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The ‘grain-to-glass meets farm-to-fork’ guide sees Irish whiskey matched with the best of Irish breads, cheeses, charcuterie, seafood, meats and even chocolate for a flavour explosion

 

Oysters, crab, beef tartare, blue cheese and dark chocolate mousse are among the Irish whiskey food pairings devised by Ireland’s leading local food advocate, chef and food writer JP McMahon for a special guide produced by the Irish Whiskey Association (IWA) to mark St Patrick’s Day.

In the guide, JP McMahon outlines multiple ways that Irish whiskeys, due to their depth and diversity, can go together with food, including bread and butter, Irish farmhouse cheeses, charcuterie, fish and shellfish, beef, lamb and poultry, along with chocolate and other desserts.

Commenting on his approach to creating the Irish whiskey and food pairings for the guide, JP McMahon said: “Whiskey and food pairings don’t need to be complex — experimentation and simplicity are key, as are the finest and freshest ingredients. It’s as easy as slicing several cheeses and meats and pairing them with a few whiskeys. Of course, more complex pairings also work, but simplicity is key. Try not to pair too many different flavours together at once, though, as your palate gets tired quickly.”

 

 

Highlighted pairings include:

  • Lighter white soda bread or sourdough and farmhouse butter with single malts or pot stills, or peated whiskeys with wholegrain breads, such as rye and wholemeal, with a note to try adding seeds to homemade bread to complement the nutty nature of mature, sherry-finished Irish whiskeys.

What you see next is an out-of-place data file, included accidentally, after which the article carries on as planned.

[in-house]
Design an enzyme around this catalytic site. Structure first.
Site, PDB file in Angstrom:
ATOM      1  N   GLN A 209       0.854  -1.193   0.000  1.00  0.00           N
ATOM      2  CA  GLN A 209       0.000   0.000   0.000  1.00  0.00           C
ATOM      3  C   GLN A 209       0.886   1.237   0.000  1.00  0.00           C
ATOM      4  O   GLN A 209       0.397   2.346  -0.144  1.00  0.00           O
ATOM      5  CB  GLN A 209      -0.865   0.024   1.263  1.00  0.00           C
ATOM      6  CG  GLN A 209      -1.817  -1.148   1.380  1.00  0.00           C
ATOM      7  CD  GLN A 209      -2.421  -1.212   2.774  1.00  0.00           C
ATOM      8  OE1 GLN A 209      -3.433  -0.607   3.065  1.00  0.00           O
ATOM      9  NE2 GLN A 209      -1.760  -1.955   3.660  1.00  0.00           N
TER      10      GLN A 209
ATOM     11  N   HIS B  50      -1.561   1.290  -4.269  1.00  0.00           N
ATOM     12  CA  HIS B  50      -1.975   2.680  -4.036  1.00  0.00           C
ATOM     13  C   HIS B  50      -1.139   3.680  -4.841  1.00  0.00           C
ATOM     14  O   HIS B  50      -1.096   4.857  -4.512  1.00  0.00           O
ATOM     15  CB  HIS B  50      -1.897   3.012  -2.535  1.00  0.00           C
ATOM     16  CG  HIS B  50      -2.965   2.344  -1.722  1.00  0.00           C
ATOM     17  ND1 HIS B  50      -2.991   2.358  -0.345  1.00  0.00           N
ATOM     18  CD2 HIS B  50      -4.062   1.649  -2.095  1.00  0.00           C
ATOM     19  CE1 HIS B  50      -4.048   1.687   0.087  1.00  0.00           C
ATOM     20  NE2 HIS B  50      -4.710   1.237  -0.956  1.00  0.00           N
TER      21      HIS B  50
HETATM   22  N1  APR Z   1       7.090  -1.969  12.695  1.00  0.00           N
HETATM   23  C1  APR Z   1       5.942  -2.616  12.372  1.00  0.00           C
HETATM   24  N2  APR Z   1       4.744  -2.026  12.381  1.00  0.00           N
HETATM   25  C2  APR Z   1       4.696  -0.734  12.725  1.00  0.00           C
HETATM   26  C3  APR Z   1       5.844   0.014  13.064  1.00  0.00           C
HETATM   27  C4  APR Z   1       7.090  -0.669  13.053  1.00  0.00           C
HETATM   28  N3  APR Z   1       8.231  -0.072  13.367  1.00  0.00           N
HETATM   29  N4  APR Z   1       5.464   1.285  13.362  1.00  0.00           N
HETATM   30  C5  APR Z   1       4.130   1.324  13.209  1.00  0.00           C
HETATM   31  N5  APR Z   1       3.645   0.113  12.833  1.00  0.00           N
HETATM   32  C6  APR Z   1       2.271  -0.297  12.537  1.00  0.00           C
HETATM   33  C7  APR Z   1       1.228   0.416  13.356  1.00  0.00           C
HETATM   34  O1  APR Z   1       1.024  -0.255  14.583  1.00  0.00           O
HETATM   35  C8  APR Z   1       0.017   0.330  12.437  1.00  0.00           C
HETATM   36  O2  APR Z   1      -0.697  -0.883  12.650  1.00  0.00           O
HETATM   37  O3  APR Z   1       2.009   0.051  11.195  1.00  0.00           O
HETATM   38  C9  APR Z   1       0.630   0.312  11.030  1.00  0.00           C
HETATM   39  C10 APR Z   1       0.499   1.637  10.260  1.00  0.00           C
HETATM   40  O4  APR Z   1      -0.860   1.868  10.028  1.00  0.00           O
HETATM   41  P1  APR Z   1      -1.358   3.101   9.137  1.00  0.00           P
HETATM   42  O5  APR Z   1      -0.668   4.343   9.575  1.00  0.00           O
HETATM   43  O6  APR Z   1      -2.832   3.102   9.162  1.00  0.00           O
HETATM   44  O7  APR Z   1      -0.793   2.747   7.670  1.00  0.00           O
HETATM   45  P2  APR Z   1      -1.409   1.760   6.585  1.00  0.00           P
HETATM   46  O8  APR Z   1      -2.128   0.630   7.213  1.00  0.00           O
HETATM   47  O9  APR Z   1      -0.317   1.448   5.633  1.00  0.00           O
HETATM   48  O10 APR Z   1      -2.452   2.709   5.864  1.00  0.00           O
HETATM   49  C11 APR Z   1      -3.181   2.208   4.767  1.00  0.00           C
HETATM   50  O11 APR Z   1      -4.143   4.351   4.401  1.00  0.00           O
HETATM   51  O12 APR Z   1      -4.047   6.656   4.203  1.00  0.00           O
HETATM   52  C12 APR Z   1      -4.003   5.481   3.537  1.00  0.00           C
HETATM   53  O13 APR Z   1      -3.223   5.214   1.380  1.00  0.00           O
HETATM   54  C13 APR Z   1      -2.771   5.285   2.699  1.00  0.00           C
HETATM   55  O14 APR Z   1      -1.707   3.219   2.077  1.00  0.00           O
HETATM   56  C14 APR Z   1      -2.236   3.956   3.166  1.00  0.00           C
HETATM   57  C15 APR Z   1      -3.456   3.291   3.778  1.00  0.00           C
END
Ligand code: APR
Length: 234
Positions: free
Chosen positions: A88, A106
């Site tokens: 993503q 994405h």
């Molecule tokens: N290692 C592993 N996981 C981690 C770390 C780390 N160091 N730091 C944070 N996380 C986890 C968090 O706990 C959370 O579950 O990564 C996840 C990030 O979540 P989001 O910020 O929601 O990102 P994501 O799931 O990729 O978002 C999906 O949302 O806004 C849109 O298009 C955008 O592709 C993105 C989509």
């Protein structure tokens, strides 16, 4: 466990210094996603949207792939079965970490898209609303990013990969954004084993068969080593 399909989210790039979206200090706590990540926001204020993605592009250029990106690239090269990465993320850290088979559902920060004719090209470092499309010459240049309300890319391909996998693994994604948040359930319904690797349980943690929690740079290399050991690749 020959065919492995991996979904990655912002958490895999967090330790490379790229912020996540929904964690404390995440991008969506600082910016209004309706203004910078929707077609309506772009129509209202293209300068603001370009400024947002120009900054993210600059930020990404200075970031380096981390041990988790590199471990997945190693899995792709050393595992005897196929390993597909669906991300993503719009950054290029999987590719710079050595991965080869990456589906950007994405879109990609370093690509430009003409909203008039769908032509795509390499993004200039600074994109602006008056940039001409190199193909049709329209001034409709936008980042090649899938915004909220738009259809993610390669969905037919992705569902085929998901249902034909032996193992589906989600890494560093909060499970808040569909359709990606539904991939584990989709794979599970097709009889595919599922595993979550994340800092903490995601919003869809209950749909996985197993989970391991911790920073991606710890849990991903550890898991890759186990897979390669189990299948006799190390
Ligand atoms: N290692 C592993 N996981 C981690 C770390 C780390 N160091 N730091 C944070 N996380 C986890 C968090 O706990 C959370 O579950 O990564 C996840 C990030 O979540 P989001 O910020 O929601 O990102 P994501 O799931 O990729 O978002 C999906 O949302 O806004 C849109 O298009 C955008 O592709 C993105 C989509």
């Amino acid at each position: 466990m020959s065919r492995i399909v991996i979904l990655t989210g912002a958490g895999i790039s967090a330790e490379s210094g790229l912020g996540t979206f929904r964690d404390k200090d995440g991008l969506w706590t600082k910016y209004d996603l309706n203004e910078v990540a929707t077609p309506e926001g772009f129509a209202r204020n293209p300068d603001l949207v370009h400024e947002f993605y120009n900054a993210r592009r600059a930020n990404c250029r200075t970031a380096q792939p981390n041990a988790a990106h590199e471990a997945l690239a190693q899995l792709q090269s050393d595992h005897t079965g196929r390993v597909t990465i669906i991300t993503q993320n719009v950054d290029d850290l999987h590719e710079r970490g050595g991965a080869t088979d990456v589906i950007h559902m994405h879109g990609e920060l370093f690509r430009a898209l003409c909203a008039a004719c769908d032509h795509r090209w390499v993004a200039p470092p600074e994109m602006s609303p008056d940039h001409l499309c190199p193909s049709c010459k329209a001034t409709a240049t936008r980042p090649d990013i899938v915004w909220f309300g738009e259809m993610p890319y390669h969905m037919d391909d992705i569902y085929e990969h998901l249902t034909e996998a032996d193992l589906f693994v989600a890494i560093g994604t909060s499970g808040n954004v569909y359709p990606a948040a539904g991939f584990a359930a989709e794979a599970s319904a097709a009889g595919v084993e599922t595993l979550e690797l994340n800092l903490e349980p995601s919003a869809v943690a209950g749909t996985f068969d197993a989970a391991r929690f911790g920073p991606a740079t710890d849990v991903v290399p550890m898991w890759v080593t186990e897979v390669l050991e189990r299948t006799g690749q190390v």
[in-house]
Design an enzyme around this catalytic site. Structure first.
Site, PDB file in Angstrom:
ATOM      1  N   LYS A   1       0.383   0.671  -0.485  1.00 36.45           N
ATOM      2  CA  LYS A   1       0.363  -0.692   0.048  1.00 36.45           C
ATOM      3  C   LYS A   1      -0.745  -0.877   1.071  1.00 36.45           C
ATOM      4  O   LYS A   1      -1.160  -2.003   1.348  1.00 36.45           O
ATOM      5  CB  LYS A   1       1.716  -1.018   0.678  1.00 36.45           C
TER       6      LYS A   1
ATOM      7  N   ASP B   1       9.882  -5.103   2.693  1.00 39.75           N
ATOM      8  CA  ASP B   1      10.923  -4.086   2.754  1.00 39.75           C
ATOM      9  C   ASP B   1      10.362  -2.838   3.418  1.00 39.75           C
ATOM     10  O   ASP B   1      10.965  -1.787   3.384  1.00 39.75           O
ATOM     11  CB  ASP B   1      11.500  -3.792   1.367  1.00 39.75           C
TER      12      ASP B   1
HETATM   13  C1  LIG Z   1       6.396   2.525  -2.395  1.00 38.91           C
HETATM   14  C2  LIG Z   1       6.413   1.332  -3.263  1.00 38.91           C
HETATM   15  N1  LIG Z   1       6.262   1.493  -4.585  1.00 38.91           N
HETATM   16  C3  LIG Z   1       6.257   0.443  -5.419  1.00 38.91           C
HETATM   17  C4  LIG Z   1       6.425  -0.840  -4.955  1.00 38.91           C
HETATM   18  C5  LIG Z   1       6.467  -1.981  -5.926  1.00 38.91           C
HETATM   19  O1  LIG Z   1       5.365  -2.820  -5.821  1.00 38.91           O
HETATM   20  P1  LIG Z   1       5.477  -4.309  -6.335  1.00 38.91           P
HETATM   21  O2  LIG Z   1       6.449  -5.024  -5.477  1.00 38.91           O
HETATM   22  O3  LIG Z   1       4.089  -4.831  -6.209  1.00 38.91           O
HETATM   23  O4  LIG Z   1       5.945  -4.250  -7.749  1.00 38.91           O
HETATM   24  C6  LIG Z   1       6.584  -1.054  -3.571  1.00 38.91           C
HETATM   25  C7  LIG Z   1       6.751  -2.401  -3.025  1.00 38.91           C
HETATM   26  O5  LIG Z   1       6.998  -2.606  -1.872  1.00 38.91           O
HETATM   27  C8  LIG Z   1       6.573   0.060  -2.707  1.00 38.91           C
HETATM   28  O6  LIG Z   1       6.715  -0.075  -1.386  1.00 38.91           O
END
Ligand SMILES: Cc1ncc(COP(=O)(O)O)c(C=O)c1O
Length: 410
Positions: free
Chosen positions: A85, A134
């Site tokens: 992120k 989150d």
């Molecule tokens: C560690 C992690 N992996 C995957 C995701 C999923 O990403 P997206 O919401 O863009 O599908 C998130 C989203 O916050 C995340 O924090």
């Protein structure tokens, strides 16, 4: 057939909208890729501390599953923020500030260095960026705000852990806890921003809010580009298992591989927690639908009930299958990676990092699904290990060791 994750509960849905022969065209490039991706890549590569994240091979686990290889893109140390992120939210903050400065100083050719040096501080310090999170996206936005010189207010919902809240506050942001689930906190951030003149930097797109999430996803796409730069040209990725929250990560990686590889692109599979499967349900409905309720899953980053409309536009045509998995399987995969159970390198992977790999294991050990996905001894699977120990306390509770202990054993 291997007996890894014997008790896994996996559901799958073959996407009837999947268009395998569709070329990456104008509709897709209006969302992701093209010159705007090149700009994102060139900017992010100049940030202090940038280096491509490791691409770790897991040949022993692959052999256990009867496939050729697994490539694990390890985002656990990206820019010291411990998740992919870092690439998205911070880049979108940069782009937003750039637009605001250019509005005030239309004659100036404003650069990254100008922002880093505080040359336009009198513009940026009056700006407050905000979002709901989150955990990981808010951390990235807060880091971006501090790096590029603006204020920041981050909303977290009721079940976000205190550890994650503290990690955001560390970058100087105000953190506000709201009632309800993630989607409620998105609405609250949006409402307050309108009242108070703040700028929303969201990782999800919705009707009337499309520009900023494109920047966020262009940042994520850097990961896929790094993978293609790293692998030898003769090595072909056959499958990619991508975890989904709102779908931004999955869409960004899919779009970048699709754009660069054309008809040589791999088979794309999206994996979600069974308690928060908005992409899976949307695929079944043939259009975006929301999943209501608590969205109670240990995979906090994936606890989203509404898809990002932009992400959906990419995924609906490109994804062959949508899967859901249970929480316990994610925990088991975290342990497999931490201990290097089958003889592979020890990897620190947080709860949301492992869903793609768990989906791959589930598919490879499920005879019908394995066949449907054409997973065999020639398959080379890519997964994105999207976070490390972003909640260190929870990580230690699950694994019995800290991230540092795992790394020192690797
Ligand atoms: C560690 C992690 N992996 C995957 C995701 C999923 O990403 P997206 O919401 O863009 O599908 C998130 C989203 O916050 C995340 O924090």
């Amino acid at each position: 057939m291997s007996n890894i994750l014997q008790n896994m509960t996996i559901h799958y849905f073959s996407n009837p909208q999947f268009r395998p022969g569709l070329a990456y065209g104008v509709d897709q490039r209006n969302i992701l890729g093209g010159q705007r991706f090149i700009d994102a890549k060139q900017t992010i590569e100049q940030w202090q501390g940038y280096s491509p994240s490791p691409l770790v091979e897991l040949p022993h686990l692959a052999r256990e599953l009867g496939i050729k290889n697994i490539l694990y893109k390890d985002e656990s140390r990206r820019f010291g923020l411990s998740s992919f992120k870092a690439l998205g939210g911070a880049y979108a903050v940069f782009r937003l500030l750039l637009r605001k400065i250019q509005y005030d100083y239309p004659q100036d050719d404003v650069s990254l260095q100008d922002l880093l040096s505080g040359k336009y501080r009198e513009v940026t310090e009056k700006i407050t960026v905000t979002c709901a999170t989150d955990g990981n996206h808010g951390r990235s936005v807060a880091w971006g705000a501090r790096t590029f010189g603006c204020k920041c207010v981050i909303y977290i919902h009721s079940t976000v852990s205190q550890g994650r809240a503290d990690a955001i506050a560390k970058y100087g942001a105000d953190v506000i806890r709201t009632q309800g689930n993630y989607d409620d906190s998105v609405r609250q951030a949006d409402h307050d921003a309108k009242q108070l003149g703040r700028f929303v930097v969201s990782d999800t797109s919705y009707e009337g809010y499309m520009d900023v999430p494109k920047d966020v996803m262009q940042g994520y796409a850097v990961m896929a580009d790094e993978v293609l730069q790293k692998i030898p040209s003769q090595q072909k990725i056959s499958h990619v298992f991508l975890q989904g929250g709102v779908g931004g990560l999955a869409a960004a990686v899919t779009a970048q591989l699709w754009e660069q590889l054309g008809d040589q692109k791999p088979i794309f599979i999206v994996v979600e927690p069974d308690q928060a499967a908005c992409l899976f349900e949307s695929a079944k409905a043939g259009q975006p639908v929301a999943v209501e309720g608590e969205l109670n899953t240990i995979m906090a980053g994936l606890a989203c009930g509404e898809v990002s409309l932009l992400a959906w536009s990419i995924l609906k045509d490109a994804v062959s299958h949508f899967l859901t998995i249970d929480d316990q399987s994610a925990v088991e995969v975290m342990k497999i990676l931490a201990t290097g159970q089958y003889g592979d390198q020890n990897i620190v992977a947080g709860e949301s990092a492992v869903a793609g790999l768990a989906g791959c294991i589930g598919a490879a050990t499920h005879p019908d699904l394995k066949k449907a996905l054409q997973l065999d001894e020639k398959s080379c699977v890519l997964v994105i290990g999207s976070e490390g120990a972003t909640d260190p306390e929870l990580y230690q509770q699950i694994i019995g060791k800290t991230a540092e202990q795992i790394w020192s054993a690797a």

• Mature cheddar cheeses with single grain or Bourbon-matured whiskeys, with a note that it can be fun to line up four different whiskeys with the same cheddar to see how the cheese affects the essential character of the whiskey.
  • Different cured meats or charcuterie, from pork and lamb to beef and game, with different whiskeys, from light to sweet and mature.
  • Smoked fish, such as salmon, eel, tuna, and mackerel, with peated whiskey or a spicy pot still — the smoky nature of the fish will complement many different Irish whiskey varieties.
  • The charred flavour of most meats mean they match very well with mature whiskeys finished in a sherry barrel.
  • Dark chocolate mousse, or a few squares of good quality 70% chocolate, with a pot still or sherry matured whiskey, as higher cocoa content chocolate requires a more robust and rounded whiskey.

 

Speaking about the new guide, Director of the Irish Whiskey Association William Lavelle said:

“The Irish whiskey food pairings developed for us by renowned local food expert JP McMahon demonstrate how Irish whiskey and food can marry together to bring out the most exquisite and intense flavours of Ireland. We encourage people to enjoy these pairings in the pub or restaurant, or in the comfort of their home, to discover the magic of Irish whiskey and food.”

You can view the Irish Whiskey Food Pairing Guide at www.irishwhiskeyassociation.ie.

 


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